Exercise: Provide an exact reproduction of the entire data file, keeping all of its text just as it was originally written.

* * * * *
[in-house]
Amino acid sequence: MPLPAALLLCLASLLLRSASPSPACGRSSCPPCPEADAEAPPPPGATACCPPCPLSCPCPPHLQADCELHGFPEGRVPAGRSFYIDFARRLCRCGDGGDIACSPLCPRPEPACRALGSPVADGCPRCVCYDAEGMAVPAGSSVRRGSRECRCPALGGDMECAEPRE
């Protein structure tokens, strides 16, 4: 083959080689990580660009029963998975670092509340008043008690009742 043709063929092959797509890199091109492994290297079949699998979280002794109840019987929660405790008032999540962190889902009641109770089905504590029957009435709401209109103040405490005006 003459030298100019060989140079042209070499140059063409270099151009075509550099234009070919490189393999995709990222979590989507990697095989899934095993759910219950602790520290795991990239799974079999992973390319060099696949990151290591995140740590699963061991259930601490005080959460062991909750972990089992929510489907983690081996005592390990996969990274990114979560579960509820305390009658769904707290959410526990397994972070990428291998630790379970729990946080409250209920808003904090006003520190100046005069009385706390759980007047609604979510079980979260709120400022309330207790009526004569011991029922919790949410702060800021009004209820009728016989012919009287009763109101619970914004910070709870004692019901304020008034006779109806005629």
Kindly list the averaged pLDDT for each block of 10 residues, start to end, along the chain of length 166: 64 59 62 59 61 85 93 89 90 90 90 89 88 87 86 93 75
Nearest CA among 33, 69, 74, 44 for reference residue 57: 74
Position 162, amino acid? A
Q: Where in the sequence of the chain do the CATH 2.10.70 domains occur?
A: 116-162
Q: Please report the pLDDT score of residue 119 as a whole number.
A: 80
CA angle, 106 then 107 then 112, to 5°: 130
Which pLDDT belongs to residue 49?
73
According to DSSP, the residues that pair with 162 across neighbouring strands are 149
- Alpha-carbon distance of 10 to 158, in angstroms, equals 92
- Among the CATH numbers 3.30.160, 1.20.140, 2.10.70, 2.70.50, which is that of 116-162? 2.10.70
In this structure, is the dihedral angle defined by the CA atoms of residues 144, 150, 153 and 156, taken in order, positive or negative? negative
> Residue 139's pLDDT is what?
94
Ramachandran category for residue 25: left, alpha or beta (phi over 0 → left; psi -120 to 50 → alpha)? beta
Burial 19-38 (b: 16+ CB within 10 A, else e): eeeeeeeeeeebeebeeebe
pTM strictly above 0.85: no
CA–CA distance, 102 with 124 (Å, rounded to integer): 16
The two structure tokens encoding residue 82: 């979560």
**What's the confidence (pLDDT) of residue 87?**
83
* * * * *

[in-house]
Amino acid sequence: MPLPAALLLCLASLLLRSASPSPACGRSSCPPCPEADAEAPPPPGATACCPPCPLSCPCPPHLQADCELHGFPEGRVPAGRSFYIDFARRLCRCGDGGDIACSPLCPRPEPACRALGSPVADGCPRCVCYDAEGMAVPAGSSVRRGSRECRCPALGGDMECAEPRE
């Protein structure tokens, strides 16, 4: 083959080689990580660009029963998975670092509340008043008690009742 043709063929092959797509890199091109492994290297079949699998979280002794109840019987929660405790008032999540962190889902009641109770089905504590029957009435709401209109103040405490005006 003459030298100019060989140079042209070499140059063409270099151009075509550099234009070919490189393999995709990222979590989507990697095989899934095993759910219950602790520290795991990239799974079999992973390319060099696949990151290591995140740590699963061991259930601490005080959460062991909750972990089992929510489907983690081996005592390990996969990274990114979560579960509820305390009658769904707290959410526990397994972070990428291998630790379970729990946080409250209920808003904090006003520190100046005069009385706390759980007047609604979510079980979260709120400022309330207790009526004569011991029922919790949410702060800021009004209820009728016989012919009287009763109101619970914004910070709870004692019901304020008034006779109806005629």
Kindly list the averaged pLDDT for each block of 10 residues, start to end, along the chain of length 166: 64 59 62 59 61 85 93 89 90 90 90 89 88 87 86 93 75
Nearest CA among 33, 69, 74, 44 for reference residue 57: 74
Position 162, amino acid? A
Q: Where in the sequence of the chain do the CATH 2.10.70 domains occur?
A: 116-162
Q: Please report the pLDDT score of residue 119 as a whole number.
A: 80
CA angle, 106 then 107 then 112, to 5°: 130
Which pLDDT belongs to residue 49?
73
According to DSSP, the residues that pair with 162 across neighbouring strands are 149
- Alpha-carbon distance of 10 to 158, in angstroms, equals 92
- Among the CATH numbers 3.30.160, 1.20.140, 2.10.70, 2.70.50, which is that of 116-162? 2.10.70
In this structure, is the dihedral angle defined by the CA atoms of residues 144, 150, 153 and 156, taken in order, positive or negative? negative
> Residue 139's pLDDT is what?
94
Ramachandran category for residue 25: left, alpha or beta (phi over 0 → left; psi -120 to 50 → alpha)? beta
Burial 19-38 (b: 16+ CB within 10 A, else e): eeeeeeeeeeebeebeeebe
pTM strictly above 0.85: no
CA–CA distance, 102 with 124 (Å, rounded to integer): 16
The two structure tokens encoding residue 82: 């979560």
**What's the confidence (pLDDT) of residue 87?**
83